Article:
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I flew from Rome to Casablanca where I met three friends from Toronto at the airport. One of them, Lindan, used to conduct food tours in Morocco in the past and knows the country well so she organized the whole trip, a lot of it based around buying, cooking and tasting food. We are staying in riad hotels. A riad is a house (dar) with a garden, in the medina (walled city). In the Islamic tradition, dars are completely unprepossesing and lacking ornamentation including windows on the outside but highly ornate on the inside with rooms arranged around a central courtyard.
We took a shuttle to Marrakech where we stayed opposite the Royal Palace at a riad called Dar les Cigognes (House of Storks) which is actually two houses joined together. The main house originally belonged to a Jewish family and has windows facing the street while the other originally belonged to a Moslem family, and only has windows facing the inner courtyard. This is a typical distinguishing feature of the houses in the medina which once had a large Jewish population. The name of the hotel became clear when we went up to the beautiful terrace where we could see a huge stork’s nest on top of one of the Palace towers. One evening we saw a stork sitting on the nest which kept us entertained for quite a while. Not that we needed any extra entertainment in Marrakech which is a fascinating city in a desert-like landscape on the edge of the High Atlas mountains.
The day after we arrived, we had a quick tour of the medina to get our bearings. The large central square, Jama-el-Fna, is surrounded by a maze of narrow streets not accessible to traffic where goods are carried by donkey carts. The windowless walls of the houses create the feeling of enclosed and mysterious streets. Each neighbourhood in the medina has five essential places, a bakery where women bring in their bread to be baked since old houses didn’t have ovens, a fountain for water, a hamam (bath house), a nursery school, and a mosque.
The bakeries are still stoked by wood and function as they did hundreds of years ago. As many as 2,000 loaves may be baked in a day. Every platter of bread is identified by the cloth it is covered with so that it can be returned to the right person after the bread is baked.
Next to the hamam, down a few steps, is a wood fire for heating the bath water. The ashes close to the fire are used to cook a dish called tangia, the only dish traditionally cooked by a man. A man goes to the market with an earthenware pot and first buys meat which is placed in the bottom. This is followed by vegetables, water, spices and oil. The pot is sealed, shaken and left in the hot ashes for several hours to cook slowly so that the one-pot meal is ready for collection on the way home.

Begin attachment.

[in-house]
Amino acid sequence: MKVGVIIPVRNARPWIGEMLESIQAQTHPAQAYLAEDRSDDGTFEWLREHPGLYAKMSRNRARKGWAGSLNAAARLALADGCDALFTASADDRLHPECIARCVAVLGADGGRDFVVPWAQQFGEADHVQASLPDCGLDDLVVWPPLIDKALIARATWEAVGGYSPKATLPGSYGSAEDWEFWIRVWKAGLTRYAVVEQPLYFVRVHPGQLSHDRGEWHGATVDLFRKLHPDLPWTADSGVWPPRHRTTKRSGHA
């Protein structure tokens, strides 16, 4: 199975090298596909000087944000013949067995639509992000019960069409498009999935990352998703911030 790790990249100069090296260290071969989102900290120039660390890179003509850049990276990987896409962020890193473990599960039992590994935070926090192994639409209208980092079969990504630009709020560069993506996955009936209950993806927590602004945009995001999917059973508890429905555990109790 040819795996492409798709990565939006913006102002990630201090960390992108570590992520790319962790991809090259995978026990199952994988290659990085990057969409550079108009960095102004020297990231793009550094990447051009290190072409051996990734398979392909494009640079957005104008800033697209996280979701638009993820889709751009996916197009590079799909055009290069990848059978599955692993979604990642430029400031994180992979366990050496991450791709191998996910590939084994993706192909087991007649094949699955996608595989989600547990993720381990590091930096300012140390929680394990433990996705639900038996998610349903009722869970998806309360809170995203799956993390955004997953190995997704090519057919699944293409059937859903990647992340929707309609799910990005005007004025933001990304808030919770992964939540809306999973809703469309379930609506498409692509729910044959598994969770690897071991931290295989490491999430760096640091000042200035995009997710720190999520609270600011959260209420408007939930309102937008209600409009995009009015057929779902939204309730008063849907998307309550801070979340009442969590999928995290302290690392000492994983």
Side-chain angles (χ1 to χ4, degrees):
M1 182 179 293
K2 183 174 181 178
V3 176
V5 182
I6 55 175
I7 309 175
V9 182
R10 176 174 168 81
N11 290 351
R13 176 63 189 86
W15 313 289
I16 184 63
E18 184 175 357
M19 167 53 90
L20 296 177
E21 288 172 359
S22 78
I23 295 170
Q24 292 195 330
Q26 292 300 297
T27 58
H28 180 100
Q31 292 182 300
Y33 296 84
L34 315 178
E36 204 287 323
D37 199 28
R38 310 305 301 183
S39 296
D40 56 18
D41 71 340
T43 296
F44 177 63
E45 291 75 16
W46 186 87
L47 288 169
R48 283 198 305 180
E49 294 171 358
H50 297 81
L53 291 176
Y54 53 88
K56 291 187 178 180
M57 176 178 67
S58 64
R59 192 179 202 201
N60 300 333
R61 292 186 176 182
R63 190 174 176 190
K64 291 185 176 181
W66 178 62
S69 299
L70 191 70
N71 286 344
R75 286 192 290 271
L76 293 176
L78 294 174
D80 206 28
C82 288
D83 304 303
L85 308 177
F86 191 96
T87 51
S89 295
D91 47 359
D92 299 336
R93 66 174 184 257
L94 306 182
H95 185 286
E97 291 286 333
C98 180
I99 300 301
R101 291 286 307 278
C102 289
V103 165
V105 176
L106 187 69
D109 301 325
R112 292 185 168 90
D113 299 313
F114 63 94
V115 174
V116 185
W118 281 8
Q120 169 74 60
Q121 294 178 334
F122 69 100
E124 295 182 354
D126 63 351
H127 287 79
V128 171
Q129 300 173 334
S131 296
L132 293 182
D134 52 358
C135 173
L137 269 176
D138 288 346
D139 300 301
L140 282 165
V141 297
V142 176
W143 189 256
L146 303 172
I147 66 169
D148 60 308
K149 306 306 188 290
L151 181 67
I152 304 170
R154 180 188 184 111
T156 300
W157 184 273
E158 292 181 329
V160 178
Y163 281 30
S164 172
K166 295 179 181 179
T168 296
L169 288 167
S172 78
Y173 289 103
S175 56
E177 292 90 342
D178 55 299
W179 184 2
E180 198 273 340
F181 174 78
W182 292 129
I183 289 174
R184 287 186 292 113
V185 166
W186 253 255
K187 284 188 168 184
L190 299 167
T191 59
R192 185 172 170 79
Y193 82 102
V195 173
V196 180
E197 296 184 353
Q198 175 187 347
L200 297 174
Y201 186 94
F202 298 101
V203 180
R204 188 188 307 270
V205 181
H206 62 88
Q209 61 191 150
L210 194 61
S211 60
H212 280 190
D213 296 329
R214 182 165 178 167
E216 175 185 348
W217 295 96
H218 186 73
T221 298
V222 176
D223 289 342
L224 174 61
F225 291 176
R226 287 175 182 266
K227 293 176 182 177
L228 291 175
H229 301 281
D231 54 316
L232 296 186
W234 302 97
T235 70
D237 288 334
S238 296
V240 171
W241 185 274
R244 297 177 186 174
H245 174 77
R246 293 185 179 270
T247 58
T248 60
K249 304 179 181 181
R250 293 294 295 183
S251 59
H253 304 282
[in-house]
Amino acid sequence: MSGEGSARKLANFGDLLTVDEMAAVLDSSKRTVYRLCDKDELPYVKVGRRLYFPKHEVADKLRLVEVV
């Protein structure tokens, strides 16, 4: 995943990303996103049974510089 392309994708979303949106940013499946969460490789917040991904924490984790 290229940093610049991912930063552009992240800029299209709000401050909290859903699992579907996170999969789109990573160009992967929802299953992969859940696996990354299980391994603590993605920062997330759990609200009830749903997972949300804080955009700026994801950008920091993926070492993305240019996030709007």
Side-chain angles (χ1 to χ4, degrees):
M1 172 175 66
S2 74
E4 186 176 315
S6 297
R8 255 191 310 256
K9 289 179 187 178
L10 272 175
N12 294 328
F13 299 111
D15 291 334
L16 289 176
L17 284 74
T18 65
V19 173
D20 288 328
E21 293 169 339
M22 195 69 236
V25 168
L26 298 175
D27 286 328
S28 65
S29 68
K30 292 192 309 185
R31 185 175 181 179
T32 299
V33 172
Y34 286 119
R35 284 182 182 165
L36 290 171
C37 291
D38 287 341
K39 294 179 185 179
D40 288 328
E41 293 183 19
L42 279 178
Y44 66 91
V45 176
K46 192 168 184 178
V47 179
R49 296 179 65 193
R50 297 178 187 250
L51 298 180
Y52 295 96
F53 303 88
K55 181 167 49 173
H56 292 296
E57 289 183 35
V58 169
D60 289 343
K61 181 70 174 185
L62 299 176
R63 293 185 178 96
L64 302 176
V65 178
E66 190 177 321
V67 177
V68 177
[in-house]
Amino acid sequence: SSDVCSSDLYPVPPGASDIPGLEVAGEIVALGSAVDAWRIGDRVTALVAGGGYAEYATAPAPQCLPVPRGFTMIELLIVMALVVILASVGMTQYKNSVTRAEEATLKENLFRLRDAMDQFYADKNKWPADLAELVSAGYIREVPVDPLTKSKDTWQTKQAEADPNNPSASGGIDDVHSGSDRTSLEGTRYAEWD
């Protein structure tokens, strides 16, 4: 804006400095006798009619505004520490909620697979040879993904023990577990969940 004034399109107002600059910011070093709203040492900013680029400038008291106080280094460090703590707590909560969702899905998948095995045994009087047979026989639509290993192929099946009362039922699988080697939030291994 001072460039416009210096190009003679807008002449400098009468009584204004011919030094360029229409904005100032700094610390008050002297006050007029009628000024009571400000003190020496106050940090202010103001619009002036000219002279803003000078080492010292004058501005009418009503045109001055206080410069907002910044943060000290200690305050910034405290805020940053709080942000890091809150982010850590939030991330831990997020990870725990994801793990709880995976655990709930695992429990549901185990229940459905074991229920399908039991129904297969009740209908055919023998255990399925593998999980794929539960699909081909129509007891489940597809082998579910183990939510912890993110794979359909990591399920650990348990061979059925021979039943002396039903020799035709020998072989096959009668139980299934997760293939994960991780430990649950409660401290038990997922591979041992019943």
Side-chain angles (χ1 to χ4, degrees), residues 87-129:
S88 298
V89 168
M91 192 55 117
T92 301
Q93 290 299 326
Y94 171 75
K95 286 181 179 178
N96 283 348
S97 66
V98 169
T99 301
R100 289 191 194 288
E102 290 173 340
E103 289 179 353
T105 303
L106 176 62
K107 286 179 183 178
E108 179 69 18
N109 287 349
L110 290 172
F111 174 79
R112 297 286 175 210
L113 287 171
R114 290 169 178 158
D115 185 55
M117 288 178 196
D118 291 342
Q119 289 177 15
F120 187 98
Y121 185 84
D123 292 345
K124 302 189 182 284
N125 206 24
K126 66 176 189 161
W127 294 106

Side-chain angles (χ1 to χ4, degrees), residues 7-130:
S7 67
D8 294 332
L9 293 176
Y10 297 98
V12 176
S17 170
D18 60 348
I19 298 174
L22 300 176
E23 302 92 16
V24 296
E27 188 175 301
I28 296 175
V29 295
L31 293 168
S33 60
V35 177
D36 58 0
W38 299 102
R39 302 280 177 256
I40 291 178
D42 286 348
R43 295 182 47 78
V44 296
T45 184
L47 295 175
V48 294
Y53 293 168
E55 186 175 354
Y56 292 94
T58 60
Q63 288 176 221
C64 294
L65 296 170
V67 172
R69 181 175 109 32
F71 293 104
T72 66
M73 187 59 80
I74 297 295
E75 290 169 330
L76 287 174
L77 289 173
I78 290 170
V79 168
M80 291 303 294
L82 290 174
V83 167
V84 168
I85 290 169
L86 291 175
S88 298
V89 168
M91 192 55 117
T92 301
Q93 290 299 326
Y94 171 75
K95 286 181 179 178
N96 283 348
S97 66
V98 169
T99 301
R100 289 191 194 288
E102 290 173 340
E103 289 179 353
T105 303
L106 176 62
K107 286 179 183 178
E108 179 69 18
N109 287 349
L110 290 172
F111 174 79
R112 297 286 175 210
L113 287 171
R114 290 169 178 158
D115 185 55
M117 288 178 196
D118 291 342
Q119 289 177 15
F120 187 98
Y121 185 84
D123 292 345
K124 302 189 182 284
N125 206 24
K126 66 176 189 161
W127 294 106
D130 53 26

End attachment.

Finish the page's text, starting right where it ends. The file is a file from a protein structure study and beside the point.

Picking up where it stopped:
Our own introduction to Moroccan cooking started with a trip to the food section of the souk (market) followed by a cooking class. The souks are truly a feast for the senses with their arrays of colourful textiles, pottery, jewellery, spices, dried fruit and nuts, perfumes and oils. In the food section, there is everything you need for daily cooking including live chickens so you can pick the bird you want.
Our cooking class took place in the kitchen of our riadh where the cook, Foozia, is a ‘dada’ which means that she was trained to be a cook by her mother who was trained by her mother and so on, going back generations. Foozia only speaks Moroccan and the manager of the riad, Pierre Erve was there to translate. It wasn’t long before Pierre, who is French, opened a bottle of wine to enhance our cooking experience.
Moroccan meals often begin with a selection of salads made with cooked vegetables. We learned to make a couple of salads including zalouk made with diced sauteed aubergine. Then a vegetable couscous where a selection of five vegetables is put in the bottom of a pot together with spices, oil and water all brought to a rolling boil with the couscous placed in a steamer above to cook. Our meat course was a chicken tagine cooked in the traditional earthenware dish of the same name richly flavoured with ras-el-hanout, a blend of 30 to 50 spices. After all the food was cooked, we sat down to dinner and enjoyed the fruits of our labour.
Apart from cooking and eating the food we cook, Lindan knows all the best restaurants. We had the most delicious lamb shoulder with caramellized onions and almonds in a restaurant called Al Fassia which had to be ordered a day in advance. This restaurant is owned and staffed entirely by women. Unusual in any country never mind in a Moslem one. The King of Morocco is progressive and liberal and has introduced several laws favouring equality for women. Anyhow, to go back to food, at the rate I’m eating, I don’t think the clothes I arrived with will fit me on the way home. I might have to buy a kaftan which is a beautiful but shapeless garment designed such that a woman’s shape is not revealed to the public, and which easily accomodates a few extra pounds.